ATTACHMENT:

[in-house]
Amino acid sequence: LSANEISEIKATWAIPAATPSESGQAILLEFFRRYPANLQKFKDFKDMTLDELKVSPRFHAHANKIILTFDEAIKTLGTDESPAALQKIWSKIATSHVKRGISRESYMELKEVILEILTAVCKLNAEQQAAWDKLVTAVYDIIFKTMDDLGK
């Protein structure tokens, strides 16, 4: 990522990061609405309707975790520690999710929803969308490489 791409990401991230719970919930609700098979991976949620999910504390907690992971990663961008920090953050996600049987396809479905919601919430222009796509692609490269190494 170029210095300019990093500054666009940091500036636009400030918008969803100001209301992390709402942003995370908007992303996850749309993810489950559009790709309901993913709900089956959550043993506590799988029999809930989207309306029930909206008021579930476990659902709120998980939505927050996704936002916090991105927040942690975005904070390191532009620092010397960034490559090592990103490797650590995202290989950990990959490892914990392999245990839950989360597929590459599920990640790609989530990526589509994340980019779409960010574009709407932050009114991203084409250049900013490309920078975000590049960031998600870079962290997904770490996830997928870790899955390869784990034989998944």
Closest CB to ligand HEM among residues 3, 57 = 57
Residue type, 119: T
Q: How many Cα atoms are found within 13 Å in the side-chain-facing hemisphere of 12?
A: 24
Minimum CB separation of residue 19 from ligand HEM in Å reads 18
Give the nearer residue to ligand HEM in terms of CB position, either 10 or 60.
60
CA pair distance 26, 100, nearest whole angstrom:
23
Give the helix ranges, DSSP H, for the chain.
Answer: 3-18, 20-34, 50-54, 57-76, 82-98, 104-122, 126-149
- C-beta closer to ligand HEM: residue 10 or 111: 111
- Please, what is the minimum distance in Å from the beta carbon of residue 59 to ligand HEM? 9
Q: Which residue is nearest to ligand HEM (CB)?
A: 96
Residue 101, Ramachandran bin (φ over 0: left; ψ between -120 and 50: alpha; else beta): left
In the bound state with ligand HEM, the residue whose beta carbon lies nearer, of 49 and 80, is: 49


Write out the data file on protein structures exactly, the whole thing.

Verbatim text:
[in-house]
Amino acid sequence: LSANEISEIKATWAIPAATPSESGQAILLEFFRRYPANLQKFKDFKDMTLDELKVSPRFHAHANKIILTFDEAIKTLGTDESPAALQKIWSKIATSHVKRGISRESYMELKEVILEILTAVCKLNAEQQAAWDKLVTAVYDIIFKTMDDLGK
């Protein structure tokens, strides 16, 4: 990522990061609405309707975790520690999710929803969308490489 791409990401991230719970919930609700098979991976949620999910504390907690992971990663961008920090953050996600049987396809479905919601919430222009796509692609490269190494 170029210095300019990093500054666009940091500036636009400030918008969803100001209301992390709402942003995370908007992303996850749309993810489950559009790709309901993913709900089956959550043993506590799988029999809930989207309306029930909206008021579930476990659902709120998980939505927050996704936002916090991105927040942690975005904070390191532009620092010397960034490559090592990103490797650590995202290989950990990959490892914990392999245990839950989360597929590459599920990640790609989530990526589509994340980019779409960010574009709407932050009114991203084409250049900013490309920078975000590049960031998600870079962290997904770490996830997928870790899955390869784990034989998944």
Closest CB to ligand HEM among residues 3, 57 = 57
Residue type, 119: T
Q: How many Cα atoms are found within 13 Å in the side-chain-facing hemisphere of 12?
A: 24
Minimum CB separation of residue 19 from ligand HEM in Å reads 18
Give the nearer residue to ligand HEM in terms of CB position, either 10 or 60.
60
CA pair distance 26, 100, nearest whole angstrom:
23
Give the helix ranges, DSSP H, for the chain.
Answer: 3-18, 20-34, 50-54, 57-76, 82-98, 104-122, 126-149
- C-beta closer to ligand HEM: residue 10 or 111: 111
- Please, what is the minimum distance in Å from the beta carbon of residue 59 to ligand HEM? 9
Q: Which residue is nearest to ligand HEM (CB)?
A: 96
Residue 101, Ramachandran bin (φ over 0: left; ψ between -120 and 50: alpha; else beta): left
In the bound state with ligand HEM, the residue whose beta carbon lies nearer, of 49 and 80, is: 49